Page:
Bars and restaurants closed in Catalonia and the Netherlands for 15 days
Photo: EFE Quique García
Bars and restaurants in Catalonia and the Netherlands will be closed for 15 days from today as a result of Covid-19. Read more here.
The Government of Catalonia announced the closure of the bars and restaurants in a joint press conference by the Vicepresidency, Health and Interior. The measures arise to “flatten the curve” and “move forward to the events before it is the Spanish Government that imposes measures,” indicate sources of the Government to the newspaper EL PERIÓDICO.
Indeed, the coronavirus pandemic is spreading very quickly in Catalonia. According to health experts, the next two weeks are key to avoid a second confinement at home. Therefore, it is necessary to reduce social interaction, especially in bars and restaurants. In fact, it is the hospitality sector where most of the social gatherings take place.
Currently, Spain lists fifth in incidence of the virus in Europe. Most communities in Spain have chosen to reduce capacity and limit the opening hours of these establishments. The exception is currently Catalonia and Melilla.
Although the evolution of the virus in Catalonia is worrying, it is far from that of the Community of Madrid. In the latter, more infections have been registered, but bars and restaurants remain open. However, in Catalonia they want to avoid falling into the same situation that Madrid is currently suffering. Considering the rise in the reproduction rate (Rt) which is now at 1.33 and the risk of rebound at 338.49 points, the growth of the pandemic in Catalonia is considered “very high”. “Catalonia is at the beginning of the second wave of Covid-19,” said the Government’s spokesperson, Meritxell Budó.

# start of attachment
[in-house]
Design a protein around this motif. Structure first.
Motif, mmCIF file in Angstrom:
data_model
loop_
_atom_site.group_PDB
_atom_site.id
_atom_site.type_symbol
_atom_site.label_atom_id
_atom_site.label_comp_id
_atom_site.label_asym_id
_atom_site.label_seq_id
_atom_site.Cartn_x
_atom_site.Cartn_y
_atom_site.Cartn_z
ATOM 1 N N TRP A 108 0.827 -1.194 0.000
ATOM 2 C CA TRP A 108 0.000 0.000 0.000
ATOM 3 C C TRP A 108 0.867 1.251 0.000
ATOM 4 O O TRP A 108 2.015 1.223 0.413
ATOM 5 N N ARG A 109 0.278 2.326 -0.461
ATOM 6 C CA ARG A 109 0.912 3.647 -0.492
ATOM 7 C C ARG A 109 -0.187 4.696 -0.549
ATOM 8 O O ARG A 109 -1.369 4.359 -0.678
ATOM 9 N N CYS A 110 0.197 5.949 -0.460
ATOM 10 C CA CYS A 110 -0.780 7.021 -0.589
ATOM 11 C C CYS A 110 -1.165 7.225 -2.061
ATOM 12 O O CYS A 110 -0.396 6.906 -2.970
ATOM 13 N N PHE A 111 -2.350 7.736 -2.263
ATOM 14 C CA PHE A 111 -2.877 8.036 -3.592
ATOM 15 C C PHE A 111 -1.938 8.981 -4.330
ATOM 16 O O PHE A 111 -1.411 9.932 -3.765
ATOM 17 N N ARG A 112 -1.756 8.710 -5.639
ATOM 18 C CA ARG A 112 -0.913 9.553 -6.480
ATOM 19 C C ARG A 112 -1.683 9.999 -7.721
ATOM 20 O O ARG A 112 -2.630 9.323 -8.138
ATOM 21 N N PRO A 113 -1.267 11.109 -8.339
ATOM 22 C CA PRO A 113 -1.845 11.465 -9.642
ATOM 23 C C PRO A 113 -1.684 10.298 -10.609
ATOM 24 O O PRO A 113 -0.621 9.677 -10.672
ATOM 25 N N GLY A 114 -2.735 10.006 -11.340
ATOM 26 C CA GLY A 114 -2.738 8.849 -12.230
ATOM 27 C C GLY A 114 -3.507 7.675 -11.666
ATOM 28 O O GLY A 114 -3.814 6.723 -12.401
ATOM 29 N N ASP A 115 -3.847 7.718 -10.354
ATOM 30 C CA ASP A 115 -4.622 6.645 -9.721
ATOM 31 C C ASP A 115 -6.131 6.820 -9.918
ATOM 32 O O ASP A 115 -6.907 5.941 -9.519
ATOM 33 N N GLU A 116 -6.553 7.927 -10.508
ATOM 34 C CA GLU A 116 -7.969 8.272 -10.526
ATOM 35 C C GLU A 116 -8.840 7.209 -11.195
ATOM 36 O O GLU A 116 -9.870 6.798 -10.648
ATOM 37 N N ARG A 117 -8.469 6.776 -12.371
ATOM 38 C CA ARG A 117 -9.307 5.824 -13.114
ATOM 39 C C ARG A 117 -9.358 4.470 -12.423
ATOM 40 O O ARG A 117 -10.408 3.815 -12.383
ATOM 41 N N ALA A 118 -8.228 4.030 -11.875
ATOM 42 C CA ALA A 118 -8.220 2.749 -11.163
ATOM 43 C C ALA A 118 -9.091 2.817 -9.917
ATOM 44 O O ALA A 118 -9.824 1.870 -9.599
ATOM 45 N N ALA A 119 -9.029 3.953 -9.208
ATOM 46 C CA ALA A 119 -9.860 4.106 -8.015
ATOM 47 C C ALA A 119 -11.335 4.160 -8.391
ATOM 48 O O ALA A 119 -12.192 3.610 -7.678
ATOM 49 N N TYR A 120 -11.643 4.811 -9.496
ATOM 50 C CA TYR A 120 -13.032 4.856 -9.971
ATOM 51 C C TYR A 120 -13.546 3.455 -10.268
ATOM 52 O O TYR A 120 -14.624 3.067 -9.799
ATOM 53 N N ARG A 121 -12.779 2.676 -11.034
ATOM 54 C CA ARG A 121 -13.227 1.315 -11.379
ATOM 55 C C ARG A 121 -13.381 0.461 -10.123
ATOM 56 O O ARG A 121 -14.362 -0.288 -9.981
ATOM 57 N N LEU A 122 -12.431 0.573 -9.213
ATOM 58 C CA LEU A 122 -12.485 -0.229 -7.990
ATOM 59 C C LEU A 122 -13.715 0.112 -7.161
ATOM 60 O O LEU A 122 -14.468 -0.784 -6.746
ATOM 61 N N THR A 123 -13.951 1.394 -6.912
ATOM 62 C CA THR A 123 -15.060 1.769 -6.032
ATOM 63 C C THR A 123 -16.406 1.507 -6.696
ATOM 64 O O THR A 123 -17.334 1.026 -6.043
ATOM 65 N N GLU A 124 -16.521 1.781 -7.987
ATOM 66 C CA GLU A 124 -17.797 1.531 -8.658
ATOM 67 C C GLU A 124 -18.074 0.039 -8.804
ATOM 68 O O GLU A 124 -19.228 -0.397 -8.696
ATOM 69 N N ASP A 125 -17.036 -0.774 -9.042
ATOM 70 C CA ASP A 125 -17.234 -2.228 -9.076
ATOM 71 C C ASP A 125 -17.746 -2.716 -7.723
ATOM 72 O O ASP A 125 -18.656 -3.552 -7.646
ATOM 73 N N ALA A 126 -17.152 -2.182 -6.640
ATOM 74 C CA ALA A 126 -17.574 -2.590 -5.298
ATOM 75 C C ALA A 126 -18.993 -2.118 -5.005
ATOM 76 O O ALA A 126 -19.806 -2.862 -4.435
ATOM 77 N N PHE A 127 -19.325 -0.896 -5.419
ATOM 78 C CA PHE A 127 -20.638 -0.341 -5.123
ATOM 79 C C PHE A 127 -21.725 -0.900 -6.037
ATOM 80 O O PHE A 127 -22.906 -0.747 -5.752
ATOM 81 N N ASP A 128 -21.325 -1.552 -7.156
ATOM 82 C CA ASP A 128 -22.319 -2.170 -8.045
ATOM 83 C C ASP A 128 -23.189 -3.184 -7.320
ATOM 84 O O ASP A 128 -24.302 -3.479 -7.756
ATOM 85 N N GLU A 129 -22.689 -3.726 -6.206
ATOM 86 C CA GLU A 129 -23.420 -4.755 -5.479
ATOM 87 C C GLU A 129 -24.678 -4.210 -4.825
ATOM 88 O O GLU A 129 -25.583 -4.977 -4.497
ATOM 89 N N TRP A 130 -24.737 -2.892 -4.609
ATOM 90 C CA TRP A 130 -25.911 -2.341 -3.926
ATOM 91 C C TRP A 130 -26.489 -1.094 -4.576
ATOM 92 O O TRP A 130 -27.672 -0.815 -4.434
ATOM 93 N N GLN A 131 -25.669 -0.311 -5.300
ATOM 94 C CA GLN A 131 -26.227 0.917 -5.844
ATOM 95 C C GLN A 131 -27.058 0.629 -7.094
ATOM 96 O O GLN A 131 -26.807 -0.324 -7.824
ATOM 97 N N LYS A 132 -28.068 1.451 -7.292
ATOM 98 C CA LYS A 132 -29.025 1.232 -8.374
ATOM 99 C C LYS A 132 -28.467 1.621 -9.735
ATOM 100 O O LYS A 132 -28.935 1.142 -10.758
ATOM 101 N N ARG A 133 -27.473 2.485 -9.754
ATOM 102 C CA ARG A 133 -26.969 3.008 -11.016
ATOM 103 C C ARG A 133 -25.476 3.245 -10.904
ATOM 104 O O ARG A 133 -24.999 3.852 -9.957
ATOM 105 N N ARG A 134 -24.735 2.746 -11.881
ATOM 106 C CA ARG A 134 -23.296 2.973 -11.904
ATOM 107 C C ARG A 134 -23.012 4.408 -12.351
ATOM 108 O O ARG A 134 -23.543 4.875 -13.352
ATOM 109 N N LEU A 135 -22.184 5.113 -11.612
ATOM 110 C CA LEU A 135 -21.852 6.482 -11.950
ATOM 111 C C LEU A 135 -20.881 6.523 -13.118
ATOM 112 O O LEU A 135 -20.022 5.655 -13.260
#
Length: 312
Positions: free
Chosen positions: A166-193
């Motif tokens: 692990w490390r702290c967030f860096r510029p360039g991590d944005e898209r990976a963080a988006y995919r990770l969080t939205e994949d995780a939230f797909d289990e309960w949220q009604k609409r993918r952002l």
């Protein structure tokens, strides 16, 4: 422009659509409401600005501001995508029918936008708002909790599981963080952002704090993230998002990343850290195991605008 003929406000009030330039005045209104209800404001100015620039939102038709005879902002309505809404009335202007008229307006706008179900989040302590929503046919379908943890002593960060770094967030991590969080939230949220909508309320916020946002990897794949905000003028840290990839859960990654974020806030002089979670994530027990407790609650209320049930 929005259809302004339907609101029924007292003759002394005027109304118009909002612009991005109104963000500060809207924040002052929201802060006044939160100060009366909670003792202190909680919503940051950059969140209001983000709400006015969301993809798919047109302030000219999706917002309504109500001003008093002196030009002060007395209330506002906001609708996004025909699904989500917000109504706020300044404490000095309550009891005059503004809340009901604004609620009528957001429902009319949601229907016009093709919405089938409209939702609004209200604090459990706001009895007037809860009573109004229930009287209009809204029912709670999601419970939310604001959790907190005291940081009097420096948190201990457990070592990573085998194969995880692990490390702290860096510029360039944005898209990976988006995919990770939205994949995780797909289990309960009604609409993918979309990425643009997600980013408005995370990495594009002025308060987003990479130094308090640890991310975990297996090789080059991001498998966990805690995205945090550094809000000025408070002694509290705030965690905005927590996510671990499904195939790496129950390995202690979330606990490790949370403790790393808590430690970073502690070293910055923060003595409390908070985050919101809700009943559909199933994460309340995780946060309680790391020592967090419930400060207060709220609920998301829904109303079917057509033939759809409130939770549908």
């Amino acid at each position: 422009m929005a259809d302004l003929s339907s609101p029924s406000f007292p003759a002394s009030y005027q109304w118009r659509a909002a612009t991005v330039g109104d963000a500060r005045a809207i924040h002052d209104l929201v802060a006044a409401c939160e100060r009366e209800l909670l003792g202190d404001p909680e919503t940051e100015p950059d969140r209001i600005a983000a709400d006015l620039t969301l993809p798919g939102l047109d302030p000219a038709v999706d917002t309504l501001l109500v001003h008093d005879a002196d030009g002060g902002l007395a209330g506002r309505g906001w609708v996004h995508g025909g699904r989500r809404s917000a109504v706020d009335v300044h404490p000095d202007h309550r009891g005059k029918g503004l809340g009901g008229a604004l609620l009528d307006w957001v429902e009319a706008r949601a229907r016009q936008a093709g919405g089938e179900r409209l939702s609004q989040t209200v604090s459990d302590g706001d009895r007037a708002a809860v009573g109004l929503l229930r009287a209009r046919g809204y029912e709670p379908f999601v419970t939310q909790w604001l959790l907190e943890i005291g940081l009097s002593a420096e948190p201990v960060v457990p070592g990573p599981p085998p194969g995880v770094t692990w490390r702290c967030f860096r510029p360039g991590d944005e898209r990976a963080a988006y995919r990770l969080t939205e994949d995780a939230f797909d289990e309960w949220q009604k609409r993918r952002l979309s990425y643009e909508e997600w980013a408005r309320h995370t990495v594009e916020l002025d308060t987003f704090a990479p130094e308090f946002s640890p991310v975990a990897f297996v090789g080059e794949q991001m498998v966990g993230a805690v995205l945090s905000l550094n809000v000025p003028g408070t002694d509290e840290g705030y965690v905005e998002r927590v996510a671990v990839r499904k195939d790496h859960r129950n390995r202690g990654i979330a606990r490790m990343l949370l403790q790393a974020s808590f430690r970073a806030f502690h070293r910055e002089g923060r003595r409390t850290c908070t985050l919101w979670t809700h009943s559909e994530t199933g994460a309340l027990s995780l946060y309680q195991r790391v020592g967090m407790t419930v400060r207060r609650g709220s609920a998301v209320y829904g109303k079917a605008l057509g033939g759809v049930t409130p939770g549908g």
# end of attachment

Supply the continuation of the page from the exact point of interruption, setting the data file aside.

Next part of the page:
The Dutch government also announced a series of measures to stop the spread of Covid-19. Starting this Wednesday, bars and restaurants in the country will be closed for at least two weeks. The services allowed are those of takeaway and home delivery. “If things do not go well in the coming weeks we will move towards total confinement,” said the Prime Minister Mark Rutte. At one point, Mr. Rutte had been reluctant to re-impose tighter restrictions that could damage a fragile economic recovery.
As in many countries, the Dutch hospitality industry said that “it is understandable that the government is taking exceptional measures with a view to public health, but the consequences for the restaurant industry are incalculable,” said Koninjklijke Horeca Nederland (KHN), which represents more than 20 000 companies.
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